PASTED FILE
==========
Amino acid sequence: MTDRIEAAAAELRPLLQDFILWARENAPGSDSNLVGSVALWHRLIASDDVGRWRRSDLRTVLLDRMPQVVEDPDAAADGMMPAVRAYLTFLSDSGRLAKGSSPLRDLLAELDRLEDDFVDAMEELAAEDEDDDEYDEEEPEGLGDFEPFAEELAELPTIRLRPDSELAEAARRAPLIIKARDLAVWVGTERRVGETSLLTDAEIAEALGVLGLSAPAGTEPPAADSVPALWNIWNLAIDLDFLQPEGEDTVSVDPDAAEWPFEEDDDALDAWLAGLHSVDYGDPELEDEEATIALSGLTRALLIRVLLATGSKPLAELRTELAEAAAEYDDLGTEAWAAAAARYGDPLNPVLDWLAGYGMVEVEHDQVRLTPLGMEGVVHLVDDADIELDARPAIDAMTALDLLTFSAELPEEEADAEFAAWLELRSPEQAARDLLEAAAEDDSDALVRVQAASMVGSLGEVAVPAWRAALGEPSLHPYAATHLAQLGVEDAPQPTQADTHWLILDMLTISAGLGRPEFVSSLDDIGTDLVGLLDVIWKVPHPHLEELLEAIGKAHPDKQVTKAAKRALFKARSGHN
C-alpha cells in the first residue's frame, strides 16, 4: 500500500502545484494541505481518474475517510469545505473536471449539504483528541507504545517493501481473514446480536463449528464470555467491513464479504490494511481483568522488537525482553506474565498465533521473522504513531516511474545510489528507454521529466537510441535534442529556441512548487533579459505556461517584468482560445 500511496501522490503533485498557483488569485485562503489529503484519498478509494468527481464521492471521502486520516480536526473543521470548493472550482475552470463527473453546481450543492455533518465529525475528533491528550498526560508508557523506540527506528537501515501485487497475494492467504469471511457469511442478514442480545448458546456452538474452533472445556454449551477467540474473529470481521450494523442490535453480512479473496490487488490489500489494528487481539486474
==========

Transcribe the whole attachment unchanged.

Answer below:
Amino acid sequence: MTDRIEAAAAELRPLLQDFILWARENAPGSDSNLVGSVALWHRLIASDDVGRWRRSDLRTVLLDRMPQVVEDPDAAADGMMPAVRAYLTFLSDSGRLAKGSSPLRDLLAELDRLEDDFVDAMEELAAEDEDDDEYDEEEPEGLGDFEPFAEELAELPTIRLRPDSELAEAARRAPLIIKARDLAVWVGTERRVGETSLLTDAEIAEALGVLGLSAPAGTEPPAADSVPALWNIWNLAIDLDFLQPEGEDTVSVDPDAAEWPFEEDDDALDAWLAGLHSVDYGDPELEDEEATIALSGLTRALLIRVLLATGSKPLAELRTELAEAAAEYDDLGTEAWAAAAARYGDPLNPVLDWLAGYGMVEVEHDQVRLTPLGMEGVVHLVDDADIELDARPAIDAMTALDLLTFSAELPEEEADAEFAAWLELRSPEQAARDLLEAAAEDDSDALVRVQAASMVGSLGEVAVPAWRAALGEPSLHPYAATHLAQLGVEDAPQPTQADTHWLILDMLTISAGLGRPEFVSSLDDIGTDLVGLLDVIWKVPHPHLEELLEAIGKAHPDKQVTKAAKRALFKARSGHN
C-alpha cells in the first residue's frame, strides 16, 4: 500500500502545484494541505481518474475517510469545505473536471449539504483528541507504545517493501481473514446480536463449528464470555467491513464479504490494511481483568522488537525482553506474565498465533521473522504513531516511474545510489528507454521529466537510441535534442529556441512548487533579459505556461517584468482560445 500511496501522490503533485498557483488569485485562503489529503484519498478509494468527481464521492471521502486520516480536526473543521470548493472550482475552470463527473453546481450543492455533518465529525475528533491528550498526560508508557523506540527506528537501515501485487497475494492467504469471511457469511442478514442480545448458546456452538474452533472445556454449551477467540474473529470481521450494523442490535453480512479473496490487488490489500489494528487481539486474